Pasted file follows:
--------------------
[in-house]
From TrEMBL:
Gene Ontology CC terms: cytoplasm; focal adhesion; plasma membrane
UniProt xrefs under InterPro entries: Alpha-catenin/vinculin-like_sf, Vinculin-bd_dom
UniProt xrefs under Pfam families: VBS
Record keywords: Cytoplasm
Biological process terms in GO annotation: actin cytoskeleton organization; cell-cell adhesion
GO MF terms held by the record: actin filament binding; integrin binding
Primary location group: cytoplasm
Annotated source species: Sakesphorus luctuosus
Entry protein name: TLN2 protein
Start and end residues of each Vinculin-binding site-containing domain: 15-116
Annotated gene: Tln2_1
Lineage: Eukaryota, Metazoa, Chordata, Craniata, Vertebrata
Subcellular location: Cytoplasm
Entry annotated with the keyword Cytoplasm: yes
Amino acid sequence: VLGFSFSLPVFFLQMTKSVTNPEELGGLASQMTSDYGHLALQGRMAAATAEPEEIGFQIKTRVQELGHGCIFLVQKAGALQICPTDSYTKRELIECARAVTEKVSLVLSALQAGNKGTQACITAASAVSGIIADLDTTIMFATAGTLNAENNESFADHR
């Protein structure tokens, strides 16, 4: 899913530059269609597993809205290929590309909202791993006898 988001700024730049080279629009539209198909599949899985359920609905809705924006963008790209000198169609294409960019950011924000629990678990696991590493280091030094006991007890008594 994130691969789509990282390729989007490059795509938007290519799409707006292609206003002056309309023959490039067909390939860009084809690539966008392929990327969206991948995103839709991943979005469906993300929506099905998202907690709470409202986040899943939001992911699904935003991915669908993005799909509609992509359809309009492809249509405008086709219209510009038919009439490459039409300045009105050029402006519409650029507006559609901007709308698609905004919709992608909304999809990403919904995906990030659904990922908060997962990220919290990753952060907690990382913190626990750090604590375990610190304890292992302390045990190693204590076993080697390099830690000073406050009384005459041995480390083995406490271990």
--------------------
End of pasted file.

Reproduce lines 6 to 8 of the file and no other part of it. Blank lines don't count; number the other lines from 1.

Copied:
Record keywords: Cytoplasm
Biological process terms in GO annotation: actin cytoskeleton organization; cell-cell adhesion
GO MF terms held by the record: actin filament binding; integrin binding